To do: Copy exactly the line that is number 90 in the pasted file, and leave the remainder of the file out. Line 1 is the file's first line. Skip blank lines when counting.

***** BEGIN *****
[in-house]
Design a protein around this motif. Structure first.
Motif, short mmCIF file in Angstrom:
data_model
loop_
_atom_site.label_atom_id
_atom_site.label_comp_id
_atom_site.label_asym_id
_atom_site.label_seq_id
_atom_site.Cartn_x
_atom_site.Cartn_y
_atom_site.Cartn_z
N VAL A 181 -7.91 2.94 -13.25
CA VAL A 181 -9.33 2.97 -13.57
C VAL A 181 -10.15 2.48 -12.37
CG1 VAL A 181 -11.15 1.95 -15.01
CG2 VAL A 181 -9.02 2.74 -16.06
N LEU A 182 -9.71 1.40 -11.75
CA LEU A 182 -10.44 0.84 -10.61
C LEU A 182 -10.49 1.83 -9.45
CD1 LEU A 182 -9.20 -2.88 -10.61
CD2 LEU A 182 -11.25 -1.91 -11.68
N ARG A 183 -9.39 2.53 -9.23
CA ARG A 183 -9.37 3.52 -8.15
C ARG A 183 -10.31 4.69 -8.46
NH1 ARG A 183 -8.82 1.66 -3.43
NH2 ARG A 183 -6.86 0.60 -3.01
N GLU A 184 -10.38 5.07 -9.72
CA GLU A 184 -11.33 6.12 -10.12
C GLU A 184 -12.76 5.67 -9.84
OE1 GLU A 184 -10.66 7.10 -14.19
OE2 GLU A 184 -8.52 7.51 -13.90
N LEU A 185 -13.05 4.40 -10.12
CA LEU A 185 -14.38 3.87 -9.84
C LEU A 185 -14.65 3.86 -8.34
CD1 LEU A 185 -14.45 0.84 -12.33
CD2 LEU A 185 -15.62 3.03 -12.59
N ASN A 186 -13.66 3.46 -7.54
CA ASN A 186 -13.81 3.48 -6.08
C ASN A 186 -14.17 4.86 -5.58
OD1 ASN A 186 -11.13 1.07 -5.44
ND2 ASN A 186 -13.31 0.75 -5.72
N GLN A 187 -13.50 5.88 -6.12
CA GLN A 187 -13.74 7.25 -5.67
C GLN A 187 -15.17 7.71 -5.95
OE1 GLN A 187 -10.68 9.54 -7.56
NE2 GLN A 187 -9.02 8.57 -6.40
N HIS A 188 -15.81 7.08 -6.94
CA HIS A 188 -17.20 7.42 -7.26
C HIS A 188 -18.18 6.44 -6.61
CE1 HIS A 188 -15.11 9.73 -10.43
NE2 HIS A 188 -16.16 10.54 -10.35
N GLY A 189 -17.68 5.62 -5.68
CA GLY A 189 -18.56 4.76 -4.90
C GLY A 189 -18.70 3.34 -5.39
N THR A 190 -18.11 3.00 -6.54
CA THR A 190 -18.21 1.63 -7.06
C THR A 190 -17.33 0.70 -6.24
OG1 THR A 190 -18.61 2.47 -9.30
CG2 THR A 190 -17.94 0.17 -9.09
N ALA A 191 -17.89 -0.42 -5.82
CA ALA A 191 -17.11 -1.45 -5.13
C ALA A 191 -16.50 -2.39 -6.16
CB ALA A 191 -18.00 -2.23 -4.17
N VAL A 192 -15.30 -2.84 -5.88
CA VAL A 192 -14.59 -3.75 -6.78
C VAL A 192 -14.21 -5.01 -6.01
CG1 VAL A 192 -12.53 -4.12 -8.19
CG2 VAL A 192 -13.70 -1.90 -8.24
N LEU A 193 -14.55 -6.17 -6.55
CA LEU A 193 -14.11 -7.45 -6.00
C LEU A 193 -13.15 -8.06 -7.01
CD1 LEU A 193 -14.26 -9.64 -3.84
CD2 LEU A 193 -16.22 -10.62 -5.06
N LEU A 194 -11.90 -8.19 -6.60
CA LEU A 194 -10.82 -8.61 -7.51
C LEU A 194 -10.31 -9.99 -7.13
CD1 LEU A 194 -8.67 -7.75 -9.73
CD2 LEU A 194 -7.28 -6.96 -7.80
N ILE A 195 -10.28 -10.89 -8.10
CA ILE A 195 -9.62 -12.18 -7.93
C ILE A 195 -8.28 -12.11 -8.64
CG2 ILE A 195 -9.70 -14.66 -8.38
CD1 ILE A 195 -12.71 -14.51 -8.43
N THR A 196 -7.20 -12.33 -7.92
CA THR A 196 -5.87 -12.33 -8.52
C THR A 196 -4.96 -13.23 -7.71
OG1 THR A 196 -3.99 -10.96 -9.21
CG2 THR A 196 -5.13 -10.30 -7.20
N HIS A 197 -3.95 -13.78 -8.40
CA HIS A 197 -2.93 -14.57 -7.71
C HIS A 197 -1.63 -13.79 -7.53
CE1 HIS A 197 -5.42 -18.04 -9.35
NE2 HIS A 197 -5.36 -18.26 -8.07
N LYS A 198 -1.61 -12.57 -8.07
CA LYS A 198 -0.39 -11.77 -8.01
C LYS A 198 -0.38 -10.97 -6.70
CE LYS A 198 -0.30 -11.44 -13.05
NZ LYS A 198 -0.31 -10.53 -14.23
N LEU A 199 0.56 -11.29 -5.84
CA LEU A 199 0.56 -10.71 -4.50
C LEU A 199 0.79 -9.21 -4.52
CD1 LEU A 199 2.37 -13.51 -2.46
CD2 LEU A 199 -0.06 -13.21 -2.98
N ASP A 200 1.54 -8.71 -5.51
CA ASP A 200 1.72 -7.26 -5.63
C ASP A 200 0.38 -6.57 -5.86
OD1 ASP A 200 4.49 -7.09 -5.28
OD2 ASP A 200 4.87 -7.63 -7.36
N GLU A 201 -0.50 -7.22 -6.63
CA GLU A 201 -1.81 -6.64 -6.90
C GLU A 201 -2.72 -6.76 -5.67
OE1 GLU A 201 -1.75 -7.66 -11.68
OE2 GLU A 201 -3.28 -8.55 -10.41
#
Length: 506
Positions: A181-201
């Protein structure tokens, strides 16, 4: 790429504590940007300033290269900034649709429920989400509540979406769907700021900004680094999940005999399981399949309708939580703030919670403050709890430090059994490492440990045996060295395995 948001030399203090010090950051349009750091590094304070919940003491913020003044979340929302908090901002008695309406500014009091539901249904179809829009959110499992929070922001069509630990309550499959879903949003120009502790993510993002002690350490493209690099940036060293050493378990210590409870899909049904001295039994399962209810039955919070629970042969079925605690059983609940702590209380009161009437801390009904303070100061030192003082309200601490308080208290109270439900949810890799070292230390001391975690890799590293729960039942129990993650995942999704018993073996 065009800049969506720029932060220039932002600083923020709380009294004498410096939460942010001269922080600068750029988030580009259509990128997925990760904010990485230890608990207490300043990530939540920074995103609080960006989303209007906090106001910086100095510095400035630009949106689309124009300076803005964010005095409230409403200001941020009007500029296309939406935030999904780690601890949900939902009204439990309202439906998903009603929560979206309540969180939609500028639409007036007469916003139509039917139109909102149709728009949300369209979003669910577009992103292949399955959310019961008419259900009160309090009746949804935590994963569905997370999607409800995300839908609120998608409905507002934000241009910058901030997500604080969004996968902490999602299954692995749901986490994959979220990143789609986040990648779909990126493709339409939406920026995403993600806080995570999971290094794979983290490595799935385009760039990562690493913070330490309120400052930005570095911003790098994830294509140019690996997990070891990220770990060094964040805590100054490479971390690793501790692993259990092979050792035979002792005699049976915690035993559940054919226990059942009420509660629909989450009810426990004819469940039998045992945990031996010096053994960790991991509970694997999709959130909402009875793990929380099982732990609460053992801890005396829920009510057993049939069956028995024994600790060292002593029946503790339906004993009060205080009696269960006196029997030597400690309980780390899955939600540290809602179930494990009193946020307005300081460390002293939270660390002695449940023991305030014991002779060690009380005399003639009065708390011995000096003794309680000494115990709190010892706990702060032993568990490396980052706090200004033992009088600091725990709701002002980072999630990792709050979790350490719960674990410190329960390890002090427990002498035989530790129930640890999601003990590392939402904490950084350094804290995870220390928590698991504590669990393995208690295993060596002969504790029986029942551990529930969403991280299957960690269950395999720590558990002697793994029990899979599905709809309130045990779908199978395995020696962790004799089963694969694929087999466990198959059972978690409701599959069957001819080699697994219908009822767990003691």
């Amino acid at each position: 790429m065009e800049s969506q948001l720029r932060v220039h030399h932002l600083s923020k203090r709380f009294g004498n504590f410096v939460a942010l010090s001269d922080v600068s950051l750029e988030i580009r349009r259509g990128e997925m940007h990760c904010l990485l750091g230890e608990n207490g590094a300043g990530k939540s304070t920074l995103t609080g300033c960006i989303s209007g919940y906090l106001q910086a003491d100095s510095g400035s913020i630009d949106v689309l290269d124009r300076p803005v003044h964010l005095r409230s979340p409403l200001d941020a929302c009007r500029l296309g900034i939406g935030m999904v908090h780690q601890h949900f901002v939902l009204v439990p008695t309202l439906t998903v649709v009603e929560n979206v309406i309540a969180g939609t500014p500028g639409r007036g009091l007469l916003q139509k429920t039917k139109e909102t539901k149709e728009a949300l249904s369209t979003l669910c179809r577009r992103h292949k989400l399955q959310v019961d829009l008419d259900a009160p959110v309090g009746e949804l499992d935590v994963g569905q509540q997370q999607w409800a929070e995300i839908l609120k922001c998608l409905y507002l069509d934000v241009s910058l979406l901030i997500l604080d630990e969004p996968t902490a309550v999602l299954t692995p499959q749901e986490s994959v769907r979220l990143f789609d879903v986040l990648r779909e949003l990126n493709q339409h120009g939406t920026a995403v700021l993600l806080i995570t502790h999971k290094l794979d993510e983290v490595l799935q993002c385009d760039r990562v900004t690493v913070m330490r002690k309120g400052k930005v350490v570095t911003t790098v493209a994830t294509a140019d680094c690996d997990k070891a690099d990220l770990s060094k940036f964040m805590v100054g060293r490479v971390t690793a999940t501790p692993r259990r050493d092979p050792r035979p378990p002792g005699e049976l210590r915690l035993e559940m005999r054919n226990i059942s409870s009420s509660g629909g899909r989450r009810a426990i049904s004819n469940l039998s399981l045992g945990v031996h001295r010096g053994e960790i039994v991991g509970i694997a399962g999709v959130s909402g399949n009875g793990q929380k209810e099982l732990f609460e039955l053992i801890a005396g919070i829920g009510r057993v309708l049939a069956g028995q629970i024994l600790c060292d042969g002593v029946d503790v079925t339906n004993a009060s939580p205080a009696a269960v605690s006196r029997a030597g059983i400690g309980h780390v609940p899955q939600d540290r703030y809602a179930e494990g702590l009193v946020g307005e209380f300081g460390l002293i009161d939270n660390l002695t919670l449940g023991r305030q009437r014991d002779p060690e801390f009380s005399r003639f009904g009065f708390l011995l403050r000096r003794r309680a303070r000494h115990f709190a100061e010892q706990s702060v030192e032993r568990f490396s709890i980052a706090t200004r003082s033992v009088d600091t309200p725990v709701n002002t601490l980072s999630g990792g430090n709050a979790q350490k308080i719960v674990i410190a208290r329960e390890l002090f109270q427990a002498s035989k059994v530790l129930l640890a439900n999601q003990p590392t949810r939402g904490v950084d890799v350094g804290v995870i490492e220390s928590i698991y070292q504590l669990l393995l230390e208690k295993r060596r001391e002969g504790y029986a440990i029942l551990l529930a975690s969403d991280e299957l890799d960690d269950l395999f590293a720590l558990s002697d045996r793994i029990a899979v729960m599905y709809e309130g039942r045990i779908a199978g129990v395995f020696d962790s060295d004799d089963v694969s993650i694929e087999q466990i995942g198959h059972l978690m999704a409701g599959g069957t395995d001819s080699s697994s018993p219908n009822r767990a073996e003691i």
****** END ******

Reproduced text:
N HIS A 197 -3.95 -13.78 -8.40